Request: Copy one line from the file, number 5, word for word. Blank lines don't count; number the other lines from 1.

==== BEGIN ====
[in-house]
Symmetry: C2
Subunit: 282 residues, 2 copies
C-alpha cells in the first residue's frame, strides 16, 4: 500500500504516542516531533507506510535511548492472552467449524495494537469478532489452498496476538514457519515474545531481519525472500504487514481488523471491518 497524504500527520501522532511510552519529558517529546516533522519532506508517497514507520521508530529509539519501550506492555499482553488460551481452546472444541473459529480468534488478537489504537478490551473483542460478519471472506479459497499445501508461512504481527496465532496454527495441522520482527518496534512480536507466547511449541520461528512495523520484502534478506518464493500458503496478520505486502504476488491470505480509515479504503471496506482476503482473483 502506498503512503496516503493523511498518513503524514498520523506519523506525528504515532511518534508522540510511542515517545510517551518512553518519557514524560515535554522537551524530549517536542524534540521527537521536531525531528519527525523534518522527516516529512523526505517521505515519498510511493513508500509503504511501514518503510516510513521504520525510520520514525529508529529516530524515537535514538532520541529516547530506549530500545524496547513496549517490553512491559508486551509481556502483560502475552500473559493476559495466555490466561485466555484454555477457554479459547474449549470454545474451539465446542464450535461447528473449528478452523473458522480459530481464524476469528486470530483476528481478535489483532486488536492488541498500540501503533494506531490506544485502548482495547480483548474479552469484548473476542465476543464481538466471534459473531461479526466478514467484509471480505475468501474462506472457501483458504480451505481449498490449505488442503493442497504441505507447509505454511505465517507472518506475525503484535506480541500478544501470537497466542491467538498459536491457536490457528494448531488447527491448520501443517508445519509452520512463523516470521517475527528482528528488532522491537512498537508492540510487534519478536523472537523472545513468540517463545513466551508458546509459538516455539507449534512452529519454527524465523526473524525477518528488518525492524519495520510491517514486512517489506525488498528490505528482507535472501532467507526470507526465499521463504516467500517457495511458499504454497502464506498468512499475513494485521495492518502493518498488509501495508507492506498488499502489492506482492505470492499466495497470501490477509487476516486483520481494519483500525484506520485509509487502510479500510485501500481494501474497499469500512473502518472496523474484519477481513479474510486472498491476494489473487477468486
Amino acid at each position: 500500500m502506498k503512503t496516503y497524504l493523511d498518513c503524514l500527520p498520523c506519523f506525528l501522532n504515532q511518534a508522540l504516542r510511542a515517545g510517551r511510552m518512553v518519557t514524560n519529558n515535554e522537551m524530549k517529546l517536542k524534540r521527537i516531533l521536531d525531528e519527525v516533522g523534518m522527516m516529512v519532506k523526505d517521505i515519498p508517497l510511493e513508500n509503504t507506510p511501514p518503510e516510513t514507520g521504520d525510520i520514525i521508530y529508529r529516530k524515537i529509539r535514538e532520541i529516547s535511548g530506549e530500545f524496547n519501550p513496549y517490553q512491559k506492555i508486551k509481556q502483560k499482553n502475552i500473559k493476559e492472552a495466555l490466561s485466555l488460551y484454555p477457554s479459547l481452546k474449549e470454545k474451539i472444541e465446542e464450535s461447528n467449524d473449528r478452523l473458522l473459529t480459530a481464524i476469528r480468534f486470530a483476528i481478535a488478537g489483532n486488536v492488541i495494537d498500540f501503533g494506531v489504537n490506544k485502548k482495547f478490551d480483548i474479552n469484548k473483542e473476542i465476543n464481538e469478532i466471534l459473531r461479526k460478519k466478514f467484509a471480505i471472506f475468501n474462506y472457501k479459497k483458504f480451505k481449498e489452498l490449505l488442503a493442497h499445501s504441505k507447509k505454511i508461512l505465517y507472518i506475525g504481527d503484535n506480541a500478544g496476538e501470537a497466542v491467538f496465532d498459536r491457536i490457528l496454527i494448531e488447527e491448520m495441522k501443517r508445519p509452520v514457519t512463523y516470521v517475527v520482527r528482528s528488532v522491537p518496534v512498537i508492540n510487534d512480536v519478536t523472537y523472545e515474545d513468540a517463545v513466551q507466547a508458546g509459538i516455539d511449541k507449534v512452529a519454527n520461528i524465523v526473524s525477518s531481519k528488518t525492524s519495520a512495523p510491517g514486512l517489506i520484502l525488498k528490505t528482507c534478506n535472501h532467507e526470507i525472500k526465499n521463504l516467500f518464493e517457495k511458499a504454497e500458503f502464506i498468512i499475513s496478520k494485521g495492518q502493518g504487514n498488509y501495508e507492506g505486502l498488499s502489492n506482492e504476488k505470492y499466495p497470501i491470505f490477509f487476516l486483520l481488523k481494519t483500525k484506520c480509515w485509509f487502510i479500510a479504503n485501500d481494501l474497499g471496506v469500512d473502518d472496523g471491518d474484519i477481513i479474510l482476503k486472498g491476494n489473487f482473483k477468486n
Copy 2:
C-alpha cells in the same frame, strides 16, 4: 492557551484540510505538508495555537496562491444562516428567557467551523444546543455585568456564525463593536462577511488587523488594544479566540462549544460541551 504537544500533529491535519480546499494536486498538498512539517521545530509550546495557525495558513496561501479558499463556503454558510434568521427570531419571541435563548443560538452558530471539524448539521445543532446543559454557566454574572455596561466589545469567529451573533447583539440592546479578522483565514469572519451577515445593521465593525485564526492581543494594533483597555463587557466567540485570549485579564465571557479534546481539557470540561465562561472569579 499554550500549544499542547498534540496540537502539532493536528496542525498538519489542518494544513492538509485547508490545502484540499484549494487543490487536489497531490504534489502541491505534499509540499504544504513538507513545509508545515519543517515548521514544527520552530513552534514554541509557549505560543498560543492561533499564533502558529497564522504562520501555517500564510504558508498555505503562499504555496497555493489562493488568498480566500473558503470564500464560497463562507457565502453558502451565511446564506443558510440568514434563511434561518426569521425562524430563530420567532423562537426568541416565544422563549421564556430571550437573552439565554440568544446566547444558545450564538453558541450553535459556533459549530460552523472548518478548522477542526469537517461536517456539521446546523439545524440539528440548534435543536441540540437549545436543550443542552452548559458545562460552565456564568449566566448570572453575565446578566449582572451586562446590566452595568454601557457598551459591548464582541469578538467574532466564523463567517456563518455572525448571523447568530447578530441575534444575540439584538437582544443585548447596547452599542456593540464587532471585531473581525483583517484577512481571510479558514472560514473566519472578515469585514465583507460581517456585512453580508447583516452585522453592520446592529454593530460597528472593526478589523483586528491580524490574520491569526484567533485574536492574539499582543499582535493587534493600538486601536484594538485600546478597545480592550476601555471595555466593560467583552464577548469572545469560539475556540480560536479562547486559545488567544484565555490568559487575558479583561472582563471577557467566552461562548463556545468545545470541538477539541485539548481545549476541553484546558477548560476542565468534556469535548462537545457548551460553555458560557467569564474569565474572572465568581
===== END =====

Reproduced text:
Amino acid at each position: 500500500m502506498k503512503t496516503y497524504l493523511d498518513c503524514l500527520p498520523c506519523f506525528l501522532n504515532q511518534a508522540l504516542r510511542a515517545g510517551r511510552m518512553v518519557t514524560n519529558n515535554e522537551m524530549k517529546l517536542k524534540r521527537i516531533l521536531d525531528e519527525v516533522g523534518m522527516m516529512v519532506k523526505d517521505i515519498p508517497l510511493e513508500n509503504t507506510p511501514p518503510e516510513t514507520g521504520d525510520i520514525i521508530y529508529r529516530k524515537i529509539r535514538e532520541i529516547s535511548g530506549e530500545f524496547n519501550p513496549y517490553q512491559k506492555i508486551k509481556q502483560k499482553n502475552i500473559k493476559e492472552a495466555l490466561s485466555l488460551y484454555p477457554s479459547l481452546k474449549e470454545k474451539i472444541e465446542e464450535s461447528n467449524d473449528r478452523l473458522l473459529t480459530a481464524i476469528r480468534f486470530a483476528i481478535a488478537g489483532n486488536v492488541i495494537d498500540f501503533g494506531v489504537n490506544k485502548k482495547f478490551d480483548i474479552n469484548k473483542e473476542i465476543n464481538e469478532i466471534l459473531r461479526k460478519k466478514f467484509a471480505i471472506f475468501n474462506y472457501k479459497k483458504f480451505k481449498e489452498l490449505l488442503a493442497h499445501s504441505k507447509k505454511i508461512l505465517y507472518i506475525g504481527d503484535n506480541a500478544g496476538e501470537a497466542v491467538f496465532d498459536r491457536i490457528l496454527i494448531e488447527e491448520m495441522k501443517r508445519p509452520v514457519t512463523y516470521v517475527v520482527r528482528s528488532v522491537p518496534v512498537i508492540n510487534d512480536v519478536t523472537y523472545e515474545d513468540a517463545v513466551q507466547a508458546g509459538i516455539d511449541k507449534v512452529a519454527n520461528i524465523v526473524s525477518s531481519k528488518t525492524s519495520a512495523p510491517g514486512l517489506i520484502l525488498k528490505t528482507c534478506n535472501h532467507e526470507i525472500k526465499n521463504l516467500f518464493e517457495k511458499a504454497e500458503f502464506i498468512i499475513s496478520k494485521g495492518q502493518g504487514n498488509y501495508e507492506g505486502l498488499s502489492n506482492e504476488k505470492y499466495p497470501i491470505f490477509f487476516l486483520l481488523k481494519t483500525k484506520c480509515w485509509f487502510i479500510a479504503n485501500d481494501l474497499g471496506v469500512d473502518d472496523g471491518d474484519i477481513i479474510l482476503k486472498g491476494n489473487f482473483k477468486n